Medical School Interviews – Medical Ethics Non-Maleficence
The term non-maleficence is derived from the Latin phrase primum non nocere meaning first do no harm. The Hippocratic oath also describes how doctors have an obligation to ensure their action d not cause pain or suffering to their patients. Non- maleficence is closely related to beneficence meaning to do good. Often when acting in a patient’s best interest and in doing good we are preventing harm.
Harm can be defined as physical, psychological and emotional. Harm is caused due to adverse events and decisions in healthcare this may be due to human factors such as poor communication, stress and burn out. Harm to patients may occur due to structural factors such as reporting systems, workforce loads, environments and infrastructure.
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Direct vs Indirect Harm
Non maleficence can be both direct and indirect. Patients are directly harmed when the delivery of care is unsafe and ineffective. The good medical practice document created by the governing body of doctors, the General Medical council, provides practical advice to doctors of how they can practise medicine in a manner that minimises harm. This involves keeping professional knowledge and skills up to date and taking prompt action if they think that the safety of a patient is being compromised. An example of indirect harm is when a necessary treatment is avoided or withheld from a patient. Doctors need to monitor patients to ensure that they can stop a medication if it is deemed physiologically harmful.
The extent of harm
Doctors must avoid harm on an individual level and more widely. It is easy to consider how doctors could physically harm their patients. Having an understanding of the broader capacity of doctors to harm therapeutic relationships shows maturity in your answers. Harm may be caused to the doctor-patient relationship where physicians fail to treat their patients with compassion, dignity and respect. Harming the doctor-patient relationship is detrimental to the health of the patient as patients loose trust in their doctor and become less engaged in their healthcare. More broadly, doctors must ensure they do not harm relatives or dependants of the patient. Doctors should consider how their decisions will have implications of the family or other patients. Moreover, doctors are occasionally victim to public scrutiny. Doctors’ actions are considered harmful if they undermine the public trust in the medical profession.
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How to apply non-maleficence
It can be difficult to 100% fulfil the principle of non-maleficence as all medical investigations and treatments carry some risk of harm. Therefore, doctors must consider the harm-benefit balance. In order to identify potential benefits and harms of treatments doctors must use guidelines from the National Institute for Health and Care Excellence. These quality standards are based upon evidence-based medicine which access’ the predicted risks of treatments and investigations. It is the role of the doctor to provide patients with adequate information about the potential harms and risks a treatment may cause. Using this adequate information patients can provide valid consent to procedures.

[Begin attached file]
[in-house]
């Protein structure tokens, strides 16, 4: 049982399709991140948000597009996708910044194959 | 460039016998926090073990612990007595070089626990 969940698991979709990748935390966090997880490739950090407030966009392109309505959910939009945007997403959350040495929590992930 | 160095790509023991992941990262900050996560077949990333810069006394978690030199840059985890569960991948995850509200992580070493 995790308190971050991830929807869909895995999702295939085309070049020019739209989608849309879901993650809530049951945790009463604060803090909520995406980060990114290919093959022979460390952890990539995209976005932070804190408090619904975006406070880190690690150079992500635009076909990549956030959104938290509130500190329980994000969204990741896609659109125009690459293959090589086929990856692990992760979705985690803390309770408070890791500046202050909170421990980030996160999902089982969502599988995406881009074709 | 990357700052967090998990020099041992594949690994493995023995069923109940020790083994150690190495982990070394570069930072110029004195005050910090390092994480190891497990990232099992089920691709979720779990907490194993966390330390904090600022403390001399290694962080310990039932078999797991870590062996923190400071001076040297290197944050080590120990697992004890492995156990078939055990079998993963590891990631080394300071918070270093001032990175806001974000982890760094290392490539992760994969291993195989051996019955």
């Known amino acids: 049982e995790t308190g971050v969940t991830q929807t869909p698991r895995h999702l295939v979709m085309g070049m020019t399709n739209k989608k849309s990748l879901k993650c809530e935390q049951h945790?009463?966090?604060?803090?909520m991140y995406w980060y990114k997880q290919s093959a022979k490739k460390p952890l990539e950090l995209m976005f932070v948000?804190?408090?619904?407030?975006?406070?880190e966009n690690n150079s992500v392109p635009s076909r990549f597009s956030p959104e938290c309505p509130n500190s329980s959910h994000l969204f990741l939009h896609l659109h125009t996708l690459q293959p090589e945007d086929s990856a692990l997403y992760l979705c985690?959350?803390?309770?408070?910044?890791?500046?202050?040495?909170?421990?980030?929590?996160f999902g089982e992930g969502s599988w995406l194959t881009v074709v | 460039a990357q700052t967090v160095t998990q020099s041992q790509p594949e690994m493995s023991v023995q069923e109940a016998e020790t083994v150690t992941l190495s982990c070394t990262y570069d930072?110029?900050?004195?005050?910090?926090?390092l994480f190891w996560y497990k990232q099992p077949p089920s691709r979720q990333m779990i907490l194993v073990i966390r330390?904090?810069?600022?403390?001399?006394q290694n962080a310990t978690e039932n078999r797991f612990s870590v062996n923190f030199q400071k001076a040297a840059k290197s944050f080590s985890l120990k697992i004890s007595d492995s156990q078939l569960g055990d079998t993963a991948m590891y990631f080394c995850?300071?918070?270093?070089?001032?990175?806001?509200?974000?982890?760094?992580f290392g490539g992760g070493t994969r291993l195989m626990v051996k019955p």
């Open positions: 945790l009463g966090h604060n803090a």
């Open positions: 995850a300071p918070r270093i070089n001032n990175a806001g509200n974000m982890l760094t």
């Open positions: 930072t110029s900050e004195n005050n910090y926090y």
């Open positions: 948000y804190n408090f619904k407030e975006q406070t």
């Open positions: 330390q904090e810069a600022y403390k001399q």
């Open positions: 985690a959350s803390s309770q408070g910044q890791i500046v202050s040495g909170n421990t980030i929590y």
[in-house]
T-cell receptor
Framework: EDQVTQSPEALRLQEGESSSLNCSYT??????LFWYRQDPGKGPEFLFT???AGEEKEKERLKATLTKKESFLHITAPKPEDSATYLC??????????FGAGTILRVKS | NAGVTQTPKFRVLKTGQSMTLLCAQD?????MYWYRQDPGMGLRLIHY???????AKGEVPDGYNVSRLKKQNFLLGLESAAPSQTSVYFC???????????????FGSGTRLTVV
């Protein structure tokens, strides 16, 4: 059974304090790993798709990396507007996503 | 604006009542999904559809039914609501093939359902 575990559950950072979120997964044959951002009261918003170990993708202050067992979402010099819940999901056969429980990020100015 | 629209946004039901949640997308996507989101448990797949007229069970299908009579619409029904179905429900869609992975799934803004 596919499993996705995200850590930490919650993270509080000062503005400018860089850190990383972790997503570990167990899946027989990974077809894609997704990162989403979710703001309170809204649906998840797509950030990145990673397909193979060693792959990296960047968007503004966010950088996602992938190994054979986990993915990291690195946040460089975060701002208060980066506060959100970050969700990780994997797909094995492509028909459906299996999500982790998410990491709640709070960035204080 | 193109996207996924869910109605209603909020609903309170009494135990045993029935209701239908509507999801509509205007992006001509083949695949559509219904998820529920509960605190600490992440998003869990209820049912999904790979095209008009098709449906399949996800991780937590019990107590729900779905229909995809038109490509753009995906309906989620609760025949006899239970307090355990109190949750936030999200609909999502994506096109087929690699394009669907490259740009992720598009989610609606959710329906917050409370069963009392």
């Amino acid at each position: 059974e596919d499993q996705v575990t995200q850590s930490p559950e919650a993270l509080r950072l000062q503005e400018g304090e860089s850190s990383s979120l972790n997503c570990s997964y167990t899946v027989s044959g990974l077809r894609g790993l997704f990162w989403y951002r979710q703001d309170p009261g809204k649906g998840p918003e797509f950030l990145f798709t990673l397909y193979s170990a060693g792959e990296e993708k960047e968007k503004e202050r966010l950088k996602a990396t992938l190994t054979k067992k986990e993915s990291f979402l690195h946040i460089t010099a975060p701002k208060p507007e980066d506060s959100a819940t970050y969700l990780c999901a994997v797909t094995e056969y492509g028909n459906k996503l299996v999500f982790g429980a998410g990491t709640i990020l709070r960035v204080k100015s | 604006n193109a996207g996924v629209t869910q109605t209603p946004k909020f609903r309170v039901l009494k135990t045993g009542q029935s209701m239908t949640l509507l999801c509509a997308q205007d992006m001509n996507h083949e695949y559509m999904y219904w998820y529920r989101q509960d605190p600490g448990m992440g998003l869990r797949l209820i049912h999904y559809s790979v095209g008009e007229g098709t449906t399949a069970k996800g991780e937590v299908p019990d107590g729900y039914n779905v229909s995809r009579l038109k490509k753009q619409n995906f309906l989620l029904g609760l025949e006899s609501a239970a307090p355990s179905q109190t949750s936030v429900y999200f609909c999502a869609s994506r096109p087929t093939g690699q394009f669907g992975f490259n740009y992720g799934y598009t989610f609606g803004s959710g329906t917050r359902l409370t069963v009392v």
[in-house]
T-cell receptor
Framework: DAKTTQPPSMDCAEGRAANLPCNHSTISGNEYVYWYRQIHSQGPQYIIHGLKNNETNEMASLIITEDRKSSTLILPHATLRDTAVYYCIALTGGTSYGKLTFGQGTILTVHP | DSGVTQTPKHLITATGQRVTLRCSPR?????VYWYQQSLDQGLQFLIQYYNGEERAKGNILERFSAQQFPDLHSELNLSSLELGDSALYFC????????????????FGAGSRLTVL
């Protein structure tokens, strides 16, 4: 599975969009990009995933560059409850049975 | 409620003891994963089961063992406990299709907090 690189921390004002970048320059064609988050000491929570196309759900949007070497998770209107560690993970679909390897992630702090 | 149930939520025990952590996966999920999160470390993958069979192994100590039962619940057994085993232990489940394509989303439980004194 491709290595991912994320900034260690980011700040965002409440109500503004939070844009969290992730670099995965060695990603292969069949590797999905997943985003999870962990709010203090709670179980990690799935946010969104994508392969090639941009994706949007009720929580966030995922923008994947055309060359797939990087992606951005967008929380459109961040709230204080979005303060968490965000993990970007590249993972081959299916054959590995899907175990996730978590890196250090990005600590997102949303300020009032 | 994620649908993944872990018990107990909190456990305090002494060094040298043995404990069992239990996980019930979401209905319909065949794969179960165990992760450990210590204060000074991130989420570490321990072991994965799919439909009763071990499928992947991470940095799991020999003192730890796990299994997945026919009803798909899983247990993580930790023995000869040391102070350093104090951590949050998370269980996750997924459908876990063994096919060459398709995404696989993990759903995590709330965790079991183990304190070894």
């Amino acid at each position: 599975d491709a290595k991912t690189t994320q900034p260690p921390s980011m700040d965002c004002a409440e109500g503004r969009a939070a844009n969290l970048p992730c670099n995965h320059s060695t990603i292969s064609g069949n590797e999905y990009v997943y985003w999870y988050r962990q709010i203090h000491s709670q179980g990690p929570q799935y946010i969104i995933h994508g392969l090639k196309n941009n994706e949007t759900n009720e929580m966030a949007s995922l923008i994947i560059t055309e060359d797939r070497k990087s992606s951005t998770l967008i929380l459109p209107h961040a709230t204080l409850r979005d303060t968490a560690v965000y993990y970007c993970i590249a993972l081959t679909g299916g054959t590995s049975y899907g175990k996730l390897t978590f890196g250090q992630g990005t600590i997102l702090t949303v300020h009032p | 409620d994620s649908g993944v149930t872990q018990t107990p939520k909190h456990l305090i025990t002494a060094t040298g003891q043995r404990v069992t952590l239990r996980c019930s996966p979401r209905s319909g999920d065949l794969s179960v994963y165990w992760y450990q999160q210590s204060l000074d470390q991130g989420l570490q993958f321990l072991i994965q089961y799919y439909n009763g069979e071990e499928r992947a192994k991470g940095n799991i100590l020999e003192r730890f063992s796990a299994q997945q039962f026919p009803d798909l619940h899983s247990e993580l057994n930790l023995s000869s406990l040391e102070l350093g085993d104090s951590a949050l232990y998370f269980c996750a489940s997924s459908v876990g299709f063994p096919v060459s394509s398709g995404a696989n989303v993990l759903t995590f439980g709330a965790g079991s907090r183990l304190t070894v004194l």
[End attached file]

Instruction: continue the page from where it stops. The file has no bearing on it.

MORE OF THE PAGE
It is crucial that medical professionals admit to their mistakes and report any actions that have or could have caused patient harm. When harm is done to patients’ doctors must not only take action to reduce the negative effects occurring due to this incident but must mitigate against future harms to patients. Doctors are human and it is natural at some point in their practice they will make mistakes. By reporting incidents that cause harm we can improve patient safety by understanding and learning from what has gone wrong.
Using Non-maleficence in MMI station answers
Consider the ethical topic of euthanasia. Euthanasia goes against the pillar of nonmaleficence as we are killing our patients. However, we may need to consider whether more harm is caused by prologued suffering where patients experience distressing symptoms, pain and have a very poor quality of life. In order to apply non-maleficence, it is important to not only consider the harm that your patient will experience but the potential for wider harms. For example, how will the relatives and dependants of this person be harmed or effected by the decision being made.
By considering the ethical topic of abortion we can appreciate the importance of non-maleficence and consider how to use it when debating ethical topics. The abortion debate argues rather it is morally right to terminate a pregnancy before normal childbirth. Ideas supported by applying non-maleficence may both be in favour and against abortion. Considering the pro-choice argument, you could argue that abortions avoid harm both for the mother and foetus. Doctors must assess the potential detriment of pregnancy and child birth to the mothers mental and physical health. Moreover, there is potential that the future child will experience harm where an abortion is withheld. Criminalising abortions may promote child birth where babies have congenital defects or are placed in the care system. Alternatively, the prolife argument argues that life begins at conception therefore an abortion is doing harm by killing the potential life.
Breaking confidentiality may be necessary in order to avoid harm. A patient’s conditions may put them or other parties at risk. In these scenarios relevant information may be discussed between the relevant parties.